Temporal trends in safety and complication rates of catheter ablation for atrial fibrillation
J Cardiovasc Electrophysiol
© 2018 Wiley Periodicals, Inc. Introduction: Atrial fibrillation (AF) ablation is increasingly common, but is associated with potential major complications. Technology, experience, and protocols have evolved significantly in recent times, and may have impacted procedural safety. We sought to compare AF ablation safety profiles, including complication rates and fluoroscopy times in a “modern” versus “historical” cohort. Methods and results: We evaluated consecutive patients undergoing AF ablation from a modern cohort (MC) from 2014 to 2015 and a historic cohort (HC) from 2009 to 2011 for complications. Major complications were categorized according to Heart Rhythm Society guidelines. We included 1,425 patients, 726 in the HC and 699 in the MC. The MC was older, had more OSA and less valvular AF. Fifty-two (3.5%) procedures suffered major complications across the cohorts, with significantly fewer in the MC (5.0% vs. 2.3%, P = 0.007). The largest reductions were seen in vascular, hemorrhagic, ischemic stroke, and perforation/tamponade related complications. Periprocedural antiplatelets drugs (aHR 2.1 [95 CI 1.1–3.9], P = 0.02) and force-sensing catheters (aHR 0.4 [95 CI 0.2–0.9], P = 0.03) were independently related to major complication rates. Direct oral anticoagulants and uninterrupted anticoagulation were not associated with complications. There was a decrease in both fluoroscopy (–17.4 minutes [95 CI 19.2–15.6], P < 0.0001) and radiofrequency ablation times (−561 seconds [95CI −750 to −371], P < 0.0001). Conclusions: The safety profile of AF ablation has improved significantly in less than a decade.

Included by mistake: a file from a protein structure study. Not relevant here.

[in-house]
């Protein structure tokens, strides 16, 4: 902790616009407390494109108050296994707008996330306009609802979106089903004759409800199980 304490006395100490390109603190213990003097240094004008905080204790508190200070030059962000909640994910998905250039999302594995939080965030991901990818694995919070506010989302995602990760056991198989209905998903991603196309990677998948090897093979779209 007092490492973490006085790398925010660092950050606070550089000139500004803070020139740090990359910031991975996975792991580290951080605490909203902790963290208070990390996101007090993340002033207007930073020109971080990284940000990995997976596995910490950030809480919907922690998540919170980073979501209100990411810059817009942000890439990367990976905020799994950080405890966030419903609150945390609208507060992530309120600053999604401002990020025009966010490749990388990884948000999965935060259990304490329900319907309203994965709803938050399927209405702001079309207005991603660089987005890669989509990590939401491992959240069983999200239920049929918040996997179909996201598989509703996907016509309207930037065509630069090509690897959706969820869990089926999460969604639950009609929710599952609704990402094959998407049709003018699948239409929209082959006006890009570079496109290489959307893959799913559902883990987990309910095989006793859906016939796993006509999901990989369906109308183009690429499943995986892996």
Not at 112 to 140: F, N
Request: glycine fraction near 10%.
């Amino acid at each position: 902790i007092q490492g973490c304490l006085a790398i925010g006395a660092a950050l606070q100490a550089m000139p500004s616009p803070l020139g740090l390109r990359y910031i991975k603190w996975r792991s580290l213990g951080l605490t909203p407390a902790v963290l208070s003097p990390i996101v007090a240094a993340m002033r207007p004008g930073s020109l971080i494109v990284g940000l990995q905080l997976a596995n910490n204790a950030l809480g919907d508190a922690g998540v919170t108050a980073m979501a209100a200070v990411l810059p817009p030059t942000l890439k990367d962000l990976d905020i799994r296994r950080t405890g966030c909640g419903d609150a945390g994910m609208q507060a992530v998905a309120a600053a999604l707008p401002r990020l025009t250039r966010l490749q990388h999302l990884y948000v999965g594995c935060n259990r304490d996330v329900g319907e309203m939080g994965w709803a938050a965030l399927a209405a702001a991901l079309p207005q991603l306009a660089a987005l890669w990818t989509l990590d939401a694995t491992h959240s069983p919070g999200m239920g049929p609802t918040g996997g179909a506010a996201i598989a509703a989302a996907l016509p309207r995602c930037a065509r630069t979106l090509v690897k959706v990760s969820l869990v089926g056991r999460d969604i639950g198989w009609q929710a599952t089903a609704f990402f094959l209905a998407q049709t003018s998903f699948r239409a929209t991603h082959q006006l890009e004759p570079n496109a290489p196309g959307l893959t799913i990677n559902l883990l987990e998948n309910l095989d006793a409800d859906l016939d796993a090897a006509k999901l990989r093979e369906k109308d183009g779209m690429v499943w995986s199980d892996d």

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School of Medicine